February 10, 2016

What I’m Not Saying

133791230-tin-can-communication-gettyimagesListening to the voice of the child is increasingly becoming a mainstream concept in family law.  This is a welcome development, as careful attunement to children’s perspectives and needs can guide resolutions and parenting plans that are truly in the best interests of children.

Having worked with children of all ages for many years,  I am aware that the language of children has its own rhythm and cadence.  Children do not always use words to express their inmost feelings and concerns.  Very young children express themselves through play and behaviors rather than spoken language.  When distressed, young children may temporarily regress to earlier behaviors.  This is a normal process, but may need professional guidance to resolve if it becomes persistent, especially when accompanied by patterns of anxiety or angry outbursts.

At the opposite end of the developmental spectrum, one of my favorite essays about teenagers is entitled “Please Hear What I am Not Saying.”  Children, especially adolescents, often have difficulty expressing their feelings directly.

To fully understand their child’s experience, parents need to be observant of patterns of behavior that may indicate feelings the child is unable or unwilling to express directly.  Asking a child, “What’s wrong?” or “Why are you acting that way?” may not yield much information.  Another approach is to express empathy and the offer of support, “It looks like something is bothering you.  I’m here if you want to talk about it.”  If a problematic behavior pattern persists for more than a few weeks, it might be the right time to consult with a child or adolescent therapist to get neutral, professional help in decoding the problem and helping your child find healthy ways to cope.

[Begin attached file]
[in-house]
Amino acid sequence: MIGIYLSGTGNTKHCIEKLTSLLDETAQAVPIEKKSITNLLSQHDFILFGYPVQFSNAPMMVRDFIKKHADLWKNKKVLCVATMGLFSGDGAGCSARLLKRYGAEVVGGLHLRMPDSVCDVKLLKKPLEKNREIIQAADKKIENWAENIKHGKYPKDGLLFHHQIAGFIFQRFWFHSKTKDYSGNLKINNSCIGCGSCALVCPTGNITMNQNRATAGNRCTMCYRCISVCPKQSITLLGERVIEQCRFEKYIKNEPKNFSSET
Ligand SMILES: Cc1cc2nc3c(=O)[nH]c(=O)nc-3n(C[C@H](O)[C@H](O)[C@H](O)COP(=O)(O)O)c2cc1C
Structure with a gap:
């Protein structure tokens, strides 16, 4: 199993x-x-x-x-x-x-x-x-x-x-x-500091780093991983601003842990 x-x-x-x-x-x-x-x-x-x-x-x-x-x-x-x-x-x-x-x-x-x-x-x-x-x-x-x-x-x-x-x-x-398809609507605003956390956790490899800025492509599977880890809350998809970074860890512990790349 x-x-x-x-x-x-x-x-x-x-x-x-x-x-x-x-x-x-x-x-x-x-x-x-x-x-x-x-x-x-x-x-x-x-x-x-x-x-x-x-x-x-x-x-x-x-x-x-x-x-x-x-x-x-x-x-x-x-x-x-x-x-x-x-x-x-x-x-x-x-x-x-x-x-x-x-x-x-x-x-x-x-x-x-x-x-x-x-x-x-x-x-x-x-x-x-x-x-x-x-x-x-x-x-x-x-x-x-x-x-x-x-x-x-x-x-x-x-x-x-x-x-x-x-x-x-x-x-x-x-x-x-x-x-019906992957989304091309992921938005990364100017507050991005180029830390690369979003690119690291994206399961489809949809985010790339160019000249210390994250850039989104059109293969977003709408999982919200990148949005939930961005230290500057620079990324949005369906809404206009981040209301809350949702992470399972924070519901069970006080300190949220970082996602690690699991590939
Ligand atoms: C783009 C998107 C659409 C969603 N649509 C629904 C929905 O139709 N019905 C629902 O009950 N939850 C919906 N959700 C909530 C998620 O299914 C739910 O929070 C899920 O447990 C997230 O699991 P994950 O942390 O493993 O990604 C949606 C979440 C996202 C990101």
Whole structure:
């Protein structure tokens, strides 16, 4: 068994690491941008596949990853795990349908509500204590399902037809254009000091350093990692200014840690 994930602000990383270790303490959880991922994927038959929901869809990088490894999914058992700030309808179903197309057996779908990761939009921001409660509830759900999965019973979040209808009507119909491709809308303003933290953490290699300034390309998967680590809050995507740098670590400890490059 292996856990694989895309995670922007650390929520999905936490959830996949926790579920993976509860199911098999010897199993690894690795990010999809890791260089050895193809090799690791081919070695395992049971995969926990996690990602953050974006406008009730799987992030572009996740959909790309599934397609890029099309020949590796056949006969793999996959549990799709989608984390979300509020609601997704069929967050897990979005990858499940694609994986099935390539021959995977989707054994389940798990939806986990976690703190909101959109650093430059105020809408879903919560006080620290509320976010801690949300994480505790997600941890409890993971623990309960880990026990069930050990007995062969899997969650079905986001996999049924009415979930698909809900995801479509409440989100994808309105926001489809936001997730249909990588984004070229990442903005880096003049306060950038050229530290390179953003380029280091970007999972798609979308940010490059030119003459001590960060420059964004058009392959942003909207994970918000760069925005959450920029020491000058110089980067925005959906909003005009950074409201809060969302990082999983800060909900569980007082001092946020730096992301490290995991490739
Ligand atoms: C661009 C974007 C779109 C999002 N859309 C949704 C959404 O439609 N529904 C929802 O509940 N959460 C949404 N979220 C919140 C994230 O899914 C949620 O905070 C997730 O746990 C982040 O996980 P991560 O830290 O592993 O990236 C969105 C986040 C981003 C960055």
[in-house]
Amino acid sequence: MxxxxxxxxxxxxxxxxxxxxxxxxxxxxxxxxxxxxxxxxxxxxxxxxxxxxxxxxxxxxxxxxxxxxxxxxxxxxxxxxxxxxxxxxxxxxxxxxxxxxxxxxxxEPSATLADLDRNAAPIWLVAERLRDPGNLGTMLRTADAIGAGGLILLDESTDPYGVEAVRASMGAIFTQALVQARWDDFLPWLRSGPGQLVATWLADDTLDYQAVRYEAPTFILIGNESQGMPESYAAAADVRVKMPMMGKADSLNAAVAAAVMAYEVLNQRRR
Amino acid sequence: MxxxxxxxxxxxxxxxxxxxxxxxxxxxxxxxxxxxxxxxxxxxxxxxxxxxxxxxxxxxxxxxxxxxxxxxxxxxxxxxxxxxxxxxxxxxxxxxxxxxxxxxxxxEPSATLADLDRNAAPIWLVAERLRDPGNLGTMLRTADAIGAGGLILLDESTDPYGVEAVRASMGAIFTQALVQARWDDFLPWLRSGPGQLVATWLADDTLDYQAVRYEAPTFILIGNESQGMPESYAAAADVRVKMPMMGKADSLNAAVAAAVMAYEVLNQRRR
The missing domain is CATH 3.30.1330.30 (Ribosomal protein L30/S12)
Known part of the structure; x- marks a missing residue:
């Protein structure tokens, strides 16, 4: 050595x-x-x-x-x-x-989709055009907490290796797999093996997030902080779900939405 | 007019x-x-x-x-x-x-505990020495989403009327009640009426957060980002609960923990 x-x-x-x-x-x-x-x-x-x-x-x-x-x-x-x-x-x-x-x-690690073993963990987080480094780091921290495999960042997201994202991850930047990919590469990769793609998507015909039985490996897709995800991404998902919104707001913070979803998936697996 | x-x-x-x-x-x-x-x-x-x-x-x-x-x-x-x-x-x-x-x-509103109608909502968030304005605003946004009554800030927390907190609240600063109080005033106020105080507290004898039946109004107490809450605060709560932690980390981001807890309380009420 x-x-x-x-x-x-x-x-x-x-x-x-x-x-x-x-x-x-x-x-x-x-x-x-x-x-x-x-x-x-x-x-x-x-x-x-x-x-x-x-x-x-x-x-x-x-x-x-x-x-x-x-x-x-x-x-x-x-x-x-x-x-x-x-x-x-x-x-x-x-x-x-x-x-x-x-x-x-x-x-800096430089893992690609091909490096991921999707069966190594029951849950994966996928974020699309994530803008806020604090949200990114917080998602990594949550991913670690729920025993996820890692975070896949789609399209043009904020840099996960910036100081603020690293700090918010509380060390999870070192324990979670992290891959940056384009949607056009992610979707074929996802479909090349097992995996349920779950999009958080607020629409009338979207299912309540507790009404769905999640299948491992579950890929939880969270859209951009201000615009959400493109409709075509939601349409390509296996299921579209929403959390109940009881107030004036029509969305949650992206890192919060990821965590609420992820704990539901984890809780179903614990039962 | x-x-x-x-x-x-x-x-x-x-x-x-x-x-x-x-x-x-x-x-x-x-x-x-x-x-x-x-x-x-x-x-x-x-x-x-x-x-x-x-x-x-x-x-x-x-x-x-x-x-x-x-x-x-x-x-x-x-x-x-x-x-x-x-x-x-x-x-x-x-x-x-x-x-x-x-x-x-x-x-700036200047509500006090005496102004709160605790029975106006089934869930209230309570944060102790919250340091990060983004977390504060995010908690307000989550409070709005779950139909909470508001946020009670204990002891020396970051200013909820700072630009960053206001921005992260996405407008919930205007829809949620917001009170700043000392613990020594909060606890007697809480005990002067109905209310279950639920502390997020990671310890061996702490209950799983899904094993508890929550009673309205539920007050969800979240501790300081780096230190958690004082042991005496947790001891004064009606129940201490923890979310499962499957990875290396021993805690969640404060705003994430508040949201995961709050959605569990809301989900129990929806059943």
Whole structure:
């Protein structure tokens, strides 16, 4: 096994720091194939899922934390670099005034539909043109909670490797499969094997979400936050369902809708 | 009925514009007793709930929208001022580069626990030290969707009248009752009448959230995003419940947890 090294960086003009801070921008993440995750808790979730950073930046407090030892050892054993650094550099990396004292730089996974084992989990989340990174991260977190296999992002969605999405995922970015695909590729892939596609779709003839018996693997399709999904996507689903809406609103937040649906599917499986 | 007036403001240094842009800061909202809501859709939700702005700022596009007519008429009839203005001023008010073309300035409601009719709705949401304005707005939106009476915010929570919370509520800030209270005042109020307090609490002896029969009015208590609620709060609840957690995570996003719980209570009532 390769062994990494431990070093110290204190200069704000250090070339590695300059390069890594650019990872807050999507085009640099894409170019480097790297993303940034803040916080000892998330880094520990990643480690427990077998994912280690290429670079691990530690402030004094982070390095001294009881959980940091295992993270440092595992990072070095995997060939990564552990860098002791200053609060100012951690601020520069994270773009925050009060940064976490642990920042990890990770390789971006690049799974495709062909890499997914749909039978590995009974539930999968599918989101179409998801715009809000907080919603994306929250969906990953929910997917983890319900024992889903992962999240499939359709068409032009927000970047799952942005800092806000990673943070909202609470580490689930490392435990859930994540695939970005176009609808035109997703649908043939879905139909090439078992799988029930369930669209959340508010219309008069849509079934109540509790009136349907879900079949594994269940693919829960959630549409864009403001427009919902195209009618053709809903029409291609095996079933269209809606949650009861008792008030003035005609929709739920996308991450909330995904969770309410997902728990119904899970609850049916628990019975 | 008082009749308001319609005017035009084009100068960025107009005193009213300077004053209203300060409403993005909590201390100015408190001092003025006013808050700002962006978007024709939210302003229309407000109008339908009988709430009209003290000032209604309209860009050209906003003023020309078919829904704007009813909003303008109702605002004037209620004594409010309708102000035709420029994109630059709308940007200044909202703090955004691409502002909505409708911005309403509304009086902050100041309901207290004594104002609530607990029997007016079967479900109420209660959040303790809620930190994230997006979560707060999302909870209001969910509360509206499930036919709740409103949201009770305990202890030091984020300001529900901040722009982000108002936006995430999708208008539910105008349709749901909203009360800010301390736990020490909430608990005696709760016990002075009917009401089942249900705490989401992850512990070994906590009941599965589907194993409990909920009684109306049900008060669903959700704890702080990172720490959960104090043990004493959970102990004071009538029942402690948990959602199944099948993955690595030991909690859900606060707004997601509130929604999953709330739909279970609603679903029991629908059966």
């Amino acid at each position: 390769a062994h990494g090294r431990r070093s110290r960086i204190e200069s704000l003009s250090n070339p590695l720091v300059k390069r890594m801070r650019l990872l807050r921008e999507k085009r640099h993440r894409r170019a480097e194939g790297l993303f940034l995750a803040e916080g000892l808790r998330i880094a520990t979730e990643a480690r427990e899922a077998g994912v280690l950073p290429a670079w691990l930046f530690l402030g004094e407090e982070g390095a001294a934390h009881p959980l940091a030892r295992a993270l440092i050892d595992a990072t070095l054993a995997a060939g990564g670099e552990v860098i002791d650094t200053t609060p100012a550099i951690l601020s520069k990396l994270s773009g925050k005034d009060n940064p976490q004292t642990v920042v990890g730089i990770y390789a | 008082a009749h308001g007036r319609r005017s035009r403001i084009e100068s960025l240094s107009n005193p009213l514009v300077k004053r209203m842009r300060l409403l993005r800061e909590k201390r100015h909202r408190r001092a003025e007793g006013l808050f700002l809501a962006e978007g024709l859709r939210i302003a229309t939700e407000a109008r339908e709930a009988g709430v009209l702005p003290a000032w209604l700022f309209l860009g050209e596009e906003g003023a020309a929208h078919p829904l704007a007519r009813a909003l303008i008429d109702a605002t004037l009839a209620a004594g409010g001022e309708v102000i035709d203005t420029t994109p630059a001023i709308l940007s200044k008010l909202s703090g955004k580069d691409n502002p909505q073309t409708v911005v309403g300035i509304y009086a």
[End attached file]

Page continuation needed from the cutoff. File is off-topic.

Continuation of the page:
Consulting with a neutral child specialist during the divorce process can enhance your understanding of your child’s perspective and feelings.  Collaborative Team Practice is designed to provide a sounding board for all family members during a difficult time of transition.

Deborah ClemmensenABOUT THE AUTHOR
Deborah Clemmensen
Licensed Psychologist

Deborah Clemmensen, M.Eq., Licensed Psychologist was a child and family clinician for many years before her discovery of Collaborative Team Practice in 2000 motivated the transformation of her professional role from therapist to Neutral Child Specialist. This work---hearing the voices of every family member during a divorce or break up, keeping children at the center and out of the middle, and assisting parents in the creation of developmentally responsive parenting plans---is both a passion and a privilege. Find out more about Deborah's work at www.deborahclemmensen.com

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